Bankruptcy can be filed in several ways, with Chapter 7 and Chapter 13 being the most common choices for individuals. Both options have filing fees of a few hundred dollars, and the cost of hiring an attorney can range from $1,200 to $3,500, depending on the location and complexity of the case.

The two options have some similarities, such as stopping collection activity like calls from creditors or debt collectors, wage garnishments, and lawsuits from creditors. However, there are also differences in who is eligible and how debt is treated in each option.

Chapter 7 is typically for those who cannot afford to repay their debt and have limited assets, with a means test determining their eligibility. It is the most frequently used option for individual bankruptcy, as it can quickly eliminate some forms of unsecured debt, such as credit card debt, medical bills, and personal loans. However, it may not prevent home foreclosure or car repossession in some cases.

On the other hand, Chapter 13 allows individuals three to five years to pay back certain debts while retaining assets like a house or car. It also stops creditors from garnishing wages or levying bank accounts. To qualify for Chapter 13, the individual must have enough income and debt below a specific limit, which currently stands at $2.75 million.

For individuals with debt above the limit, Chapter 11 is an option similar to Chapter 13 but less commonly used. It allows individuals to keep assets while paying back their debts over time.

Your Retirement Accounts Are Protected In Bankruptcy

The positive aspect is that your retirement assets such as 401(k) plans and individual retirement accounts, which are solely yours and to which you made contributions, are usually safeguarded in bankruptcy. This means that if you file for bankruptcy, the assets in these retirement accounts cannot be seized by creditors to repay your debts. However, it is worth noting that inherited IRAs are not protected in the same way.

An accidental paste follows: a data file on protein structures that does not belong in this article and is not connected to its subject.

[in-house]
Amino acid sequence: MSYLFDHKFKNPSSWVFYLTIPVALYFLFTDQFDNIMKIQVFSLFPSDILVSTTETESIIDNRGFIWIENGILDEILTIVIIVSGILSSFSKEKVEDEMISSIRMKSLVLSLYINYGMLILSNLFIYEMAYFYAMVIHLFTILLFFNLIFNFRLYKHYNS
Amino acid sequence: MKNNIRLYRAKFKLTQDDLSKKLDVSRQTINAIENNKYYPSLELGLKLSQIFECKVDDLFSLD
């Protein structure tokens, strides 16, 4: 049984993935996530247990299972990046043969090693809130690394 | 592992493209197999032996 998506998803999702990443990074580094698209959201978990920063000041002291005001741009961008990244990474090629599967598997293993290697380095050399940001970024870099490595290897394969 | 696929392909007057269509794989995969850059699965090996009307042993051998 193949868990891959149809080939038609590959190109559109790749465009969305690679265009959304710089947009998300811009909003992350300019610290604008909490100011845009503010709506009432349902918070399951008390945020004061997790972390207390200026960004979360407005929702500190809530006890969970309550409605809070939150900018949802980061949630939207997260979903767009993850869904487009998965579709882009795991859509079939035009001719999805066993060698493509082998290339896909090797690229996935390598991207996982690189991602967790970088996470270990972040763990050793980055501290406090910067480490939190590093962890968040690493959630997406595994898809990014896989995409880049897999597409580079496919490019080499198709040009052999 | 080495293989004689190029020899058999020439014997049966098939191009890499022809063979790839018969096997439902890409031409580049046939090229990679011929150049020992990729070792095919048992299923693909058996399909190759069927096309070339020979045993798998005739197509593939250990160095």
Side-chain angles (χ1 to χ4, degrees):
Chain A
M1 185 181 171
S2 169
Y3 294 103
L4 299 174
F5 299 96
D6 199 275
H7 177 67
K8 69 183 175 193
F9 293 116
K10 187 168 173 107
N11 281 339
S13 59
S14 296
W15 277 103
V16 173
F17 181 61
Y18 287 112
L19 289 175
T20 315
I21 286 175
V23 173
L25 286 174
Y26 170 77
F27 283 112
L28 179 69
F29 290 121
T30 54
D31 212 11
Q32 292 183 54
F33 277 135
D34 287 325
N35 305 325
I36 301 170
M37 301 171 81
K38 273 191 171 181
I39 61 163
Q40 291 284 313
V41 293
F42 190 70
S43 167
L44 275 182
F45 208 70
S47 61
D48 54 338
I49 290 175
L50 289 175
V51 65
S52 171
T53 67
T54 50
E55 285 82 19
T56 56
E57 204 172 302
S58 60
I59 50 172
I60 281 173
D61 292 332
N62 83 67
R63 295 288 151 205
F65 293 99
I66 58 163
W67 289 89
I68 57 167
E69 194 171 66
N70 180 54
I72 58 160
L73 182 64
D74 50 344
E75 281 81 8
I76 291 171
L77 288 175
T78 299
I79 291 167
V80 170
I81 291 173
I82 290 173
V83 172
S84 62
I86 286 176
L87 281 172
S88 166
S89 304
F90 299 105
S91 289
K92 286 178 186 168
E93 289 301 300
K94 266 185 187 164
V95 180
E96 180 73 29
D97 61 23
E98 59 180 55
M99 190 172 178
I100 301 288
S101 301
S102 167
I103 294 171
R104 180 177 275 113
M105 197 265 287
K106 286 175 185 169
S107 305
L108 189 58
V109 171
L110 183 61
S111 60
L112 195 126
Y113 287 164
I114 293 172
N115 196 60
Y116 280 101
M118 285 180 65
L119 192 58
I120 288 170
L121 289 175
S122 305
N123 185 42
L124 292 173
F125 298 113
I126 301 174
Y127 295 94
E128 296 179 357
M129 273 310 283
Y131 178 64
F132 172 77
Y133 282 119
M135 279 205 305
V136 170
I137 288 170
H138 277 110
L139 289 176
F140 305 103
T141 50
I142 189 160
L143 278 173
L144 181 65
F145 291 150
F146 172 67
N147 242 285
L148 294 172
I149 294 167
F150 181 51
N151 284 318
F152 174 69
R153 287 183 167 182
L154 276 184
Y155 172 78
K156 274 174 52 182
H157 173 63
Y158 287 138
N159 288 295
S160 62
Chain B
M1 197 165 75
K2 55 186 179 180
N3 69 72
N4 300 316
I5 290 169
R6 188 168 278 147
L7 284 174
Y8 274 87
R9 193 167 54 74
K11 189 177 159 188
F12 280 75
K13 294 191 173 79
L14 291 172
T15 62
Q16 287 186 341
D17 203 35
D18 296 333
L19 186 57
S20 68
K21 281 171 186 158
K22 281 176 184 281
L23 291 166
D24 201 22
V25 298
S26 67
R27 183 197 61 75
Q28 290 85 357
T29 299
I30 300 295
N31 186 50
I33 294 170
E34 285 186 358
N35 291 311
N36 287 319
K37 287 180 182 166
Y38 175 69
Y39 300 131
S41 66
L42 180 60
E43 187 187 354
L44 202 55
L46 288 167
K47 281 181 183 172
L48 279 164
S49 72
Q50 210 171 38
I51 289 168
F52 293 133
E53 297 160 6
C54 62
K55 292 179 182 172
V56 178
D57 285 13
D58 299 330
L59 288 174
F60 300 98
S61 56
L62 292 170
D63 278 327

There is, however, an exception to this general rule, which applies to both traditional and Roth IRAs. Only a certain amount per person, currently around $1.51 million, is safe from creditors. If the amount in the IRA exceeds this threshold, then the excess could potentially be used to pay off your creditors. This is unless the judge decides otherwise.

It is essential to remember that retirement accounts are a vital source of financial security for your future, so it’s crucial to avoid using them to pay off your debts. It is advisable to seek expert legal advice and guidance before making any decisions that could impact your retirement savings.

Your Credit Will Take A Hit, But Also Will Rebound

One major drawback of declaring bankruptcy is its negative impact on your credit score, which may already be struggling if you have missed payments or defaulted on loans. The bankruptcy filing stays on your credit report for up to a decade, although the effect lessens over time and your score can gradually improve.

No matter which type of bankruptcy you choose, you must be prepared to provide extensive financial information to the court. This includes details about your income, assets, debts, and expenses, as well as recent tax returns and bank statements.

It is important to note that many bankruptcy lawyers offer free initial consultations, so you can discuss your financial situation and explore other options for dealing with your debts. They may suggest alternatives to bankruptcy, such as debt consolidation, credit counseling, or negotiating with your creditors to arrange a payment plan. It is important to consider all of your options and seek professional guidance before deciding on the best course of action for your situation.